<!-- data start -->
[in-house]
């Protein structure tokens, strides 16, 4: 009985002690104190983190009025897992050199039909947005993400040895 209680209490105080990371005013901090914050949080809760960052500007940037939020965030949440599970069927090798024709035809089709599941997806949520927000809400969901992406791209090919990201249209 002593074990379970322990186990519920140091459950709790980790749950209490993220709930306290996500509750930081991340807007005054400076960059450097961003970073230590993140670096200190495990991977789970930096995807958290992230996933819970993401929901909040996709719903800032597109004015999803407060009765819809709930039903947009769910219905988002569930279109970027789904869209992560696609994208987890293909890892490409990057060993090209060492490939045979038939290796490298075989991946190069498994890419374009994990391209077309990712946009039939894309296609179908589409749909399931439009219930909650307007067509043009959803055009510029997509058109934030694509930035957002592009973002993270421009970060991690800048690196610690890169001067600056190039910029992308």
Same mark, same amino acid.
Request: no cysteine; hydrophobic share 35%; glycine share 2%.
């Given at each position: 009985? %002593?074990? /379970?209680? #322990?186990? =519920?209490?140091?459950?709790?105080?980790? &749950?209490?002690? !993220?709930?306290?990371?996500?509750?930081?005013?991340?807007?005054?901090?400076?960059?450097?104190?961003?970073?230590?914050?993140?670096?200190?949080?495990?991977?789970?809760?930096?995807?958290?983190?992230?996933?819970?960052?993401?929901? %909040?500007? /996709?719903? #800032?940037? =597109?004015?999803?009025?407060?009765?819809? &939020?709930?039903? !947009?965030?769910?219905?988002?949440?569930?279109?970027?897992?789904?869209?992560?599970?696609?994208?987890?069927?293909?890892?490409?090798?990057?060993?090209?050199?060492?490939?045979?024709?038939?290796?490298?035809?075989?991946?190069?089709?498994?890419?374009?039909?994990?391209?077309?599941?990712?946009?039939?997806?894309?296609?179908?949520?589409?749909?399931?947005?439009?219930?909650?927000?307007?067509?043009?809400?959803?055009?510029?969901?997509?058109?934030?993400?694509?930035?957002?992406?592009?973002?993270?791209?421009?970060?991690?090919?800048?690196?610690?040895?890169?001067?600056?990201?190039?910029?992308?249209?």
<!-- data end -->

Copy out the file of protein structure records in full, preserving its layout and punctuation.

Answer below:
[in-house]
């Protein structure tokens, strides 16, 4: 009985002690104190983190009025897992050199039909947005993400040895 209680209490105080990371005013901090914050949080809760960052500007940037939020965030949440599970069927090798024709035809089709599941997806949520927000809400969901992406791209090919990201249209 002593074990379970322990186990519920140091459950709790980790749950209490993220709930306290996500509750930081991340807007005054400076960059450097961003970073230590993140670096200190495990991977789970930096995807958290992230996933819970993401929901909040996709719903800032597109004015999803407060009765819809709930039903947009769910219905988002569930279109970027789904869209992560696609994208987890293909890892490409990057060993090209060492490939045979038939290796490298075989991946190069498994890419374009994990391209077309990712946009039939894309296609179908589409749909399931439009219930909650307007067509043009959803055009510029997509058109934030694509930035957002592009973002993270421009970060991690800048690196610690890169001067600056190039910029992308």
Same mark, same amino acid.
Request: no cysteine; hydrophobic share 35%; glycine share 2%.
């Given at each position: 009985? %002593?074990? /379970?209680? #322990?186990? =519920?209490?140091?459950?709790?105080?980790? &749950?209490?002690? !993220?709930?306290?990371?996500?509750?930081?005013?991340?807007?005054?901090?400076?960059?450097?104190?961003?970073?230590?914050?993140?670096?200190?949080?495990?991977?789970?809760?930096?995807?958290?983190?992230?996933?819970?960052?993401?929901? %909040?500007? /996709?719903? #800032?940037? =597109?004015?999803?009025?407060?009765?819809? &939020?709930?039903? !947009?965030?769910?219905?988002?949440?569930?279109?970027?897992?789904?869209?992560?599970?696609?994208?987890?069927?293909?890892?490409?090798?990057?060993?090209?050199?060492?490939?045979?024709?038939?290796?490298?035809?075989?991946?190069?089709?498994?890419?374009?039909?994990?391209?077309?599941?990712?946009?039939?997806?894309?296609?179908?949520?589409?749909?399931?947005?439009?219930?909650?927000?307007?067509?043009?809400?959803?055009?510029?969901?997509?058109?934030?993400?694509?930035?957002?992406?592009?973002?993270?791209?421009?970060?991690?090919?800048?690196?610690?040895?890169?001067?600056?990201?190039?910029?992308?249209?």